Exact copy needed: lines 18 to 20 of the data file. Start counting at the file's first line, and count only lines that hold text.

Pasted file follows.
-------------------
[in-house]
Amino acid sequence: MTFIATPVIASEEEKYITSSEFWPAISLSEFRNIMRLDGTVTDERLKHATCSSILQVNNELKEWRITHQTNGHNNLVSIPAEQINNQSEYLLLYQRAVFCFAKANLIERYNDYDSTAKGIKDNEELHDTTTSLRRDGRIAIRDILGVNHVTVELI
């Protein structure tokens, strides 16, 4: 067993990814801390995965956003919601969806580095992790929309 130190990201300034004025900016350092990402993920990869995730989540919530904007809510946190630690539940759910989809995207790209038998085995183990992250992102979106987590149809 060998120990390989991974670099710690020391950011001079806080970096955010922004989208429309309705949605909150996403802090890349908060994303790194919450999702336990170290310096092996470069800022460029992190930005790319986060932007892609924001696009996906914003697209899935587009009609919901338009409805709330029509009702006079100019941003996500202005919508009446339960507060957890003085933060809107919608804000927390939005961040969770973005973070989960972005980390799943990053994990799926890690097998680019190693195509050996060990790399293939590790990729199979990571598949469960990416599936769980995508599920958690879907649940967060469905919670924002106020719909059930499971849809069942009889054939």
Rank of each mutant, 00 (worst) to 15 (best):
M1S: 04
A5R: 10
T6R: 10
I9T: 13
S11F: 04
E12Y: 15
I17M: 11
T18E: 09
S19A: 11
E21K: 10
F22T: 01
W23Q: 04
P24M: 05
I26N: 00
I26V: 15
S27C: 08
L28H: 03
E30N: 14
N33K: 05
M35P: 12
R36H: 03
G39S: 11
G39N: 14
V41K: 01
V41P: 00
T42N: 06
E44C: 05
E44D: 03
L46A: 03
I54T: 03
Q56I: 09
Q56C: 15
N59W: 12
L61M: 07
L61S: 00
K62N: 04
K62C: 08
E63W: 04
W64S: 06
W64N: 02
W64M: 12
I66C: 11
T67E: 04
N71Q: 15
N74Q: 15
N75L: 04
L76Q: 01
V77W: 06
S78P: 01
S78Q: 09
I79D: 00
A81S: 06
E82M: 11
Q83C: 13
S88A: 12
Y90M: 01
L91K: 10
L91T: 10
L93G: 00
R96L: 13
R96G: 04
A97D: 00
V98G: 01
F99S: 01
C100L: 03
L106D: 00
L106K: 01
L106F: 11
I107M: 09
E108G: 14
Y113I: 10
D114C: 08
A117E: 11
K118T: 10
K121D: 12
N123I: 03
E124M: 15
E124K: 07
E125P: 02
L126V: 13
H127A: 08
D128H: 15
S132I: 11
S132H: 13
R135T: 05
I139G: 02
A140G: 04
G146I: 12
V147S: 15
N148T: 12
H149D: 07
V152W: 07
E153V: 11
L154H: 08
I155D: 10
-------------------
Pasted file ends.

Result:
I26N: 00
I26V: 15
S27C: 08